8 deep vein thrombosis 10 per per 1000 (0 to 3) High risk population 30 per per 1000 (1 to 8) (0.04 to 0.26) (9 studies) High Superficial vein thrombosis 13 per per 1000 (2 to 15) RR 0.45 (0.18 to 1.13) 1804 (8 studies) +++Ο Moderate Oedema Post-flight values measured on a scale from 0, no oedema, to 10, maximum oedema. The mean oedema score ranged across control groups from 6 to 9. The mean oedema score in the intervention groups was on average 4.7 lower (95% CI 4.9 to 4.5) (6 studies) ++ΟΟ Low *The basis for the assumed risk is provided in footnotes. The corresponding risk (and its 95% confidence interval) is based on the assumed risk in the intervention group and the relative effect of the intervention (and its 95% CI). CI: Confidence interval; RR: Risk ratio GRADE: GRADE Working Group grades of evidence (see explanations) Interpret Results and Draw Conclusions The Cochrane Collaboration provides a GRADE approach to rate the quality of each outcome, giving four levels of high, moderate, low, and very low. Do not describe the results simply in terms of the presence or absence of statistical significance but provide the central tendency as well as the confidence interval and exact P value. For clinical relevant results regarding benefits and harms, use Numbers Needed to Treat calculations and confidence intervals. Peer-reviewed journals recognize systematic reviews as original scientific contributions. The PRISMA criteria included in this syllabus provide a guide to insure that your manuscript means standard criteria for including important aspects of the systematic review. Exercise 5 Consider the control event rate and the experimental event rates for pharyngitis in examining two preventive strategies. The control event rate was 12%. The experimental event rate as 8%. Calculate the relative risk reductions, the absolute risk reduction, and the numbers needed to treat. 8

9 PRISMA Flow Chart Flow of information through the different phases of a systematic review Identification Screening # of records identified through database searching # of records after duplicates removed # of records screened # of additional records identified through other sources # of records excluded Eligibility # of full-text articles assessed for eligibility # of full-text articles excluded, with reasons Included # of studies included in qualitative synthesis # of studies included in quantitative synthesis (metaanalysis) PRISMA Checklist Checklist of items to include when reporting a systematic review or meta-analysis. Section/Topic # Checklist Item TITLE Title 1 Identify the report as a systematic review, meta-analysis, or both. ABSTRACT Structured summary 2 Provide a structured summary including, as applicable: background; objectives; data sources; study eligibility criteria, participants, and interventions; study 9

10 appraisal and synthesis methods; results; limitations; conclusions and implications of key findings; systematic review registration number. INTRODUCTION Rationale 3 Describe the rationale for the review in the context of what is already known. Objectives 4 Provide an explicit statement of questions being addressed with reference to participants, interventions, comparisons, outcomes, and study design (PICOS). METHODS Protocol and registration Eligibility criteria Information sources Search 8 Study selection 9 Data collection process 10 Data items 11 Risk of bias in individual studies Summary measures Synthesis of results Risk of bias across studies Additional analyses RESULTS 12 Indicate if a review protocol exists, if and where it can be accessed (e.g., Web address), and, if available, provide registration information including registration number. Specify study characteristics (e.g., PICOS, length of follow-up) and report characteristics (e.g., years considered, language, publication status) used as criteria for eligibility, giving rationale. Describe all information sources (e.g., databases with dates of coverage, contact with study authors to identify additional studies) in the search and date last searched. Present full electronic search strategy for at least one database, including any limits used, such that it could be repeated. State the process for selecting studies (i.e., screening, eligibility, included in systematic review, and, if applicable, included in the meta-analysis). Describe method of data extraction from reports (e.g., piloted forms, independently, in duplicate) and any processes for obtaining and confirming data from investigators. List and define all variables for which data were sought (e.g., PICOS, funding sources) and any assumptions and simplifications made. Describe methods used for assessing risk of bias of individual studies (including specification of whether this was done at the study or outcome level), and how this information is to be used in any data synthesis. 13 State the principal summary measures (e.g., risk ratio, difference in means) Study selection 17 Study characteristics Risk of bias within studies Results of individual studies Synthesis of results Risk of bias across studies Additional Describe the methods of handling data and combining results of studies, if done, including measures of consistency (e.g., I 2 ) for each meta-analysis. Specify any assessment of risk of bias that may affect the cumulative evidence (e.g., publication bias, selective reporting within studies). Describe methods of additional analyses (e.g., sensitivity or subgroup analyses, meta-regression), if done, indicating which were pre-specified. Give numbers of studies screened, assessed for eligibility, and included in the review, with reasons for exclusions at each stage, ideally with a flow diagram. For each study, present characteristics for which data were extracted (e.g., study size, PICOS, follow-up period) and provide the citations. Present data on risk of bias of each study and, if available, any outcome-level assessment (see Item 12). For all outcomes considered (benefits or harms), present, for each study: (a) simple summary data for each intervention group and (b) effect estimates and confidence intervals, ideally with a forest plot. Present results of each meta-analysis done, including confidence intervals and measures of consistency. 22 Present results of any assessment of risk of bias across studies (see Item 15). 23 Give results of additional analyses, if done (e.g., sensitivity or subgroup analyses, meta-regression [see Item 16]). analysis DISCUSSION Summary of 24 Summarize the main findings including the strength of evidence for each main 10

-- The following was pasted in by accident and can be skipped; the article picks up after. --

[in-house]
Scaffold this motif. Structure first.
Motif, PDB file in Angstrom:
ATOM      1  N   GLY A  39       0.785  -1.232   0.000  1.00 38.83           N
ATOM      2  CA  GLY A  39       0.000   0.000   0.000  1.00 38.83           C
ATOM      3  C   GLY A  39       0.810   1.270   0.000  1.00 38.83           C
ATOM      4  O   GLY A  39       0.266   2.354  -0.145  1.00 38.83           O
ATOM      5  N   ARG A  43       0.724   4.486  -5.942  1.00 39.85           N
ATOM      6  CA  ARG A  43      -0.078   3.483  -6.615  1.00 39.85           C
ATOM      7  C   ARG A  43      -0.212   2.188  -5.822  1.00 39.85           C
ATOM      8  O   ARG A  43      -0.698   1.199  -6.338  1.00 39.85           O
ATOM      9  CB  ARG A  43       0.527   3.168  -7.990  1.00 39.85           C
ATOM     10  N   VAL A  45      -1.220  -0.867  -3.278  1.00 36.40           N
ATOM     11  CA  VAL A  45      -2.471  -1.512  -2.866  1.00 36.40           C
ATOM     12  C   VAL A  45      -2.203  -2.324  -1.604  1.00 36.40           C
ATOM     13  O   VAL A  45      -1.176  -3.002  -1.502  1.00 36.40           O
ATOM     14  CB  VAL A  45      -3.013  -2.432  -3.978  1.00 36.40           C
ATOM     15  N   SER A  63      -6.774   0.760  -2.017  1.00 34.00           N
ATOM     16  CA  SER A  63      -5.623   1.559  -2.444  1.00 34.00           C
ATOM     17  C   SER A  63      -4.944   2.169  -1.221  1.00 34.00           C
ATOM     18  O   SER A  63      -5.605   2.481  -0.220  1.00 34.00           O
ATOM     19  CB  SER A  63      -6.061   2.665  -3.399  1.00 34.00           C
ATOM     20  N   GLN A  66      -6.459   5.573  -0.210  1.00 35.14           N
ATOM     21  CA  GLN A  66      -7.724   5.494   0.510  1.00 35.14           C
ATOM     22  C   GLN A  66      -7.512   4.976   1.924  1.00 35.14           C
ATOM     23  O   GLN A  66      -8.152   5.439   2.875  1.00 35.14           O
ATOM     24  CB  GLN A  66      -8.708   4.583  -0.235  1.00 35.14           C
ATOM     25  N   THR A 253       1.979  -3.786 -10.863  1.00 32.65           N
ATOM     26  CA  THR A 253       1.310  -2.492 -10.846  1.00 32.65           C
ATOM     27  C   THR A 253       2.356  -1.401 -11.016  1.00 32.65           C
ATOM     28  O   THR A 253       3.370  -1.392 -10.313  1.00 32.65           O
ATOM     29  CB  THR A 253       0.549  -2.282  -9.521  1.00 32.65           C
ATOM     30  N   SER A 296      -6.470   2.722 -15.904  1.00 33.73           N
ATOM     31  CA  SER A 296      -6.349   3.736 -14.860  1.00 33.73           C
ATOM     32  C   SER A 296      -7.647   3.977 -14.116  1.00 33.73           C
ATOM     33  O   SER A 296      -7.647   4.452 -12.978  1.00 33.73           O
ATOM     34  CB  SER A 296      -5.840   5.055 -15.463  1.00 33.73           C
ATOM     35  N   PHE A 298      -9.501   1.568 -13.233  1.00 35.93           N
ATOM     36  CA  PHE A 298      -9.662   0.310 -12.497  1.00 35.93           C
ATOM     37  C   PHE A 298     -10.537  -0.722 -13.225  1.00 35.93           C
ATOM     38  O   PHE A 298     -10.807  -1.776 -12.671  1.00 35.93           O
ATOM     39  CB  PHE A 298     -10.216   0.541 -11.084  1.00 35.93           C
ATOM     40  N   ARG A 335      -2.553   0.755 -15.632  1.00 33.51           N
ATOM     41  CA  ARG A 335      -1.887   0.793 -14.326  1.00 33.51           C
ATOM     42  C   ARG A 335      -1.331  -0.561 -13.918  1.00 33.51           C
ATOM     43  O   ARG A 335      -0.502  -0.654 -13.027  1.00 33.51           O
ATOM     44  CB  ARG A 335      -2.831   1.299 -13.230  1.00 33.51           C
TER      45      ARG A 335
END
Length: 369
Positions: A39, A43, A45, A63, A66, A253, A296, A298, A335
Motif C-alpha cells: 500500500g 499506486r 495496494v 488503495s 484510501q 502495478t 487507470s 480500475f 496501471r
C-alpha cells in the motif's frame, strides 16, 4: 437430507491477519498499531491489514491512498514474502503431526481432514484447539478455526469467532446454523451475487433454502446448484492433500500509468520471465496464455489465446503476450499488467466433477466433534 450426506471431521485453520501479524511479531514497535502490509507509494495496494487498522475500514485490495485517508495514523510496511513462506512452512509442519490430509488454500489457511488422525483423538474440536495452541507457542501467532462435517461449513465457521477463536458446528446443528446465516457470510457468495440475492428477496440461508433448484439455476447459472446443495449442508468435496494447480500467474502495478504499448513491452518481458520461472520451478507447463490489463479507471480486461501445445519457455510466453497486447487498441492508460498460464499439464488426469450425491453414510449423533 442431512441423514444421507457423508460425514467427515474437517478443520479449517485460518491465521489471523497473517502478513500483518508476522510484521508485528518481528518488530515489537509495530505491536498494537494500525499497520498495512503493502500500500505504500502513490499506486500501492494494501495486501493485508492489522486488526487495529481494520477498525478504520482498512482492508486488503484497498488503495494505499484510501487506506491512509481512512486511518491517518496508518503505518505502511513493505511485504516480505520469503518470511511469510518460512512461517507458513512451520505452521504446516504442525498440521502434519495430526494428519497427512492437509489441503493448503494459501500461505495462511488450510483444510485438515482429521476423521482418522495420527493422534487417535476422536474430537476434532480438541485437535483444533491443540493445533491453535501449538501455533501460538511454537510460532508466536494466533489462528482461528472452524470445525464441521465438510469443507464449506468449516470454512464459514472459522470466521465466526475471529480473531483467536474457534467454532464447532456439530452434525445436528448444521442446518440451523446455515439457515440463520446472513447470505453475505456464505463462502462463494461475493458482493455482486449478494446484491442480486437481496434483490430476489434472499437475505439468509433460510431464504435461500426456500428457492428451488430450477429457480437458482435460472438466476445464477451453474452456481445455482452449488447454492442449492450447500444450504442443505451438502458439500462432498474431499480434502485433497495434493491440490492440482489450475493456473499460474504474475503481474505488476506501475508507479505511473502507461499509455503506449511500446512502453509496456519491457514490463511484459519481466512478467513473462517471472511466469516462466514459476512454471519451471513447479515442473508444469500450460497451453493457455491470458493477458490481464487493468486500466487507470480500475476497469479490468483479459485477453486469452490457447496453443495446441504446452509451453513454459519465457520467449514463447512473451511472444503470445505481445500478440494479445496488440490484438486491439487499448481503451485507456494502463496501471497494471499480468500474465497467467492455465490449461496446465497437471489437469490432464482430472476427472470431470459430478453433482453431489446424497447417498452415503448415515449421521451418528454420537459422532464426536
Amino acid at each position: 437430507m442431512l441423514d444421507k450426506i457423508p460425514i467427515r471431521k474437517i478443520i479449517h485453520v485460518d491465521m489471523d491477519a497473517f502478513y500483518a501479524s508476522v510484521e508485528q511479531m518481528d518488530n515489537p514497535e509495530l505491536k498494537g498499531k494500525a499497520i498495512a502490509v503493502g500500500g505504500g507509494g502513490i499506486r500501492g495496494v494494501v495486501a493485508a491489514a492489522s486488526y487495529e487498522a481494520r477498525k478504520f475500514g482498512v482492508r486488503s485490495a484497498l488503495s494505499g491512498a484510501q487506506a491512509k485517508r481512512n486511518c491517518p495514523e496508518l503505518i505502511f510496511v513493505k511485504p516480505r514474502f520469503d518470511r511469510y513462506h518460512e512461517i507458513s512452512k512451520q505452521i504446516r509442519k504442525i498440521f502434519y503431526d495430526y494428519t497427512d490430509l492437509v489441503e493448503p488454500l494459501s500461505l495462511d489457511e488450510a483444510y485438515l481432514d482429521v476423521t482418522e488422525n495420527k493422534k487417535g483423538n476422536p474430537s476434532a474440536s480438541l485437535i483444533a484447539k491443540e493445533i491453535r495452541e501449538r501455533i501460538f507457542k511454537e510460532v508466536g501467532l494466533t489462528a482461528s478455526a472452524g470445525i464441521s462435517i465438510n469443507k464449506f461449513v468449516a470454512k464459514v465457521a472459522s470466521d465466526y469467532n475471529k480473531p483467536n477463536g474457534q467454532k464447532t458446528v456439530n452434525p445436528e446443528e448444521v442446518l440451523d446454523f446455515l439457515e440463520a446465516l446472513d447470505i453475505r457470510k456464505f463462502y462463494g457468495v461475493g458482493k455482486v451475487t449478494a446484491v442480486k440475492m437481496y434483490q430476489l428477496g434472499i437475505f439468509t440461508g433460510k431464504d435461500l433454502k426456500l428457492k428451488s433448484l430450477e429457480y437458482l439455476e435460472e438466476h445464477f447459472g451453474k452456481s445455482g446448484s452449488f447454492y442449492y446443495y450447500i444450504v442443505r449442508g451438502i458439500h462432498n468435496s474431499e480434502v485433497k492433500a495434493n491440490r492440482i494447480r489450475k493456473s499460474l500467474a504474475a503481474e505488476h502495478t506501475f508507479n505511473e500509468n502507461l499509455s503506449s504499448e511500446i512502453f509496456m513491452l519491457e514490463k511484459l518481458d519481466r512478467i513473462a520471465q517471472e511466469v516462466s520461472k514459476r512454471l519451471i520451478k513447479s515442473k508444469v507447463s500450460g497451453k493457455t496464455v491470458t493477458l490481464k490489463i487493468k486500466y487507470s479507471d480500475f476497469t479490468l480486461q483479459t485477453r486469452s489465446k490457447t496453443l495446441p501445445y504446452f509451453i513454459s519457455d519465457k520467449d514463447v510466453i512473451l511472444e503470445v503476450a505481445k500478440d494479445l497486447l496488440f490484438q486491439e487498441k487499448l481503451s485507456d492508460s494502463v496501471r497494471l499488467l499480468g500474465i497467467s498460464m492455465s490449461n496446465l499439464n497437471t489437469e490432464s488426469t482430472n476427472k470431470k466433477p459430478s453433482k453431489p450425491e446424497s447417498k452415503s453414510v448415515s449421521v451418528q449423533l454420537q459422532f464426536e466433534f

11 evidence Limitations 25 Conclusions 26 FUNDING Funding 27 outcome; consider their relevance to key groups (e.g., health care providers, users, and policy makers). Discuss limitations at study and outcome level (e.g., risk of bias), and at review level (e.g., incomplete retrieval of identified research, reporting bias). Provide a general interpretation of the results in the context of other evidence, and implications for future research. Describe sources of funding for the systematic review and other support (e.g., supply of data); role of funders for the systematic review The Cochrane Collaboration The Cochrane Collaboration is an international organization. Its primary aim is to help people make well-informed decisions about health care by preparing, maintaining and promoting the accessibility of systematic reviews of the evidence that underpins them. The Cochrane Collaboration was founded in It has grown to include over 15,000 contributors from more than 100 countries. The Cochrane Collaboration was named after British epidemiologist Archie Cochrane. Archie Cochrane once wrote, It is surely a great criticism of our profession that we have not organized a critical summary, by specialty or subspecialty, updated periodically, of all relevant randomized controlled trials. You can find the Collaboration s web pages at The Cochrane Handbook for Systematic Reviews of Interventions (the Handbook) provides guidance to authors for the preparation of Cochrane Intervention reviews (including Cochrane Overviews of reviews). Anyone can access the Handbook at Selected Readings Zaza S, Wright-De Aguero LK, Briss PA, Truman BI, Hopkins DP, Hennessy MH, Sosin DM, Anderson L, Carande-Kulis VG, Teutsch SM, Pappaioanou M, Task Force on Community Preventive Services Data Collection Instrument and Procedure for Systematic Reviews in the Guide to Community Preventive Services. Am J Prev Med 2000;18(1S): Greenhalgh T. How to read a paper: Papers that summarise other papers (systematic reviews and meta-analyses). BMJ 1997; 315: 672- Ndiaye SM. Hopkins DP. Smith SJ. Hinman AR. Briss PA. Task Force on Community Preventive Services. Methods for conducting systematic reviews of targeted vaccination strategies for the guide to community preventive services. American Journal of Preventive Medicine. 2005; 28: Moher D, Liberati A, Tetzlaff J, Altman DG, The PRISMA Group (2009). Preferred Reporting Items for Systematic Reviews and Meta-Analyses: The PRISMA Statement. J Clin Epidemiol 2009; doi: /j.jclinepi The Cochrane Collaboration. URL: Accessed November 22, The Cochrane Collaboration. JPT Higgins and S Green, eds. The Cochrane Handbook for Systematic Reviews of Interventions. Edition Updated March URL: Accessed November 22,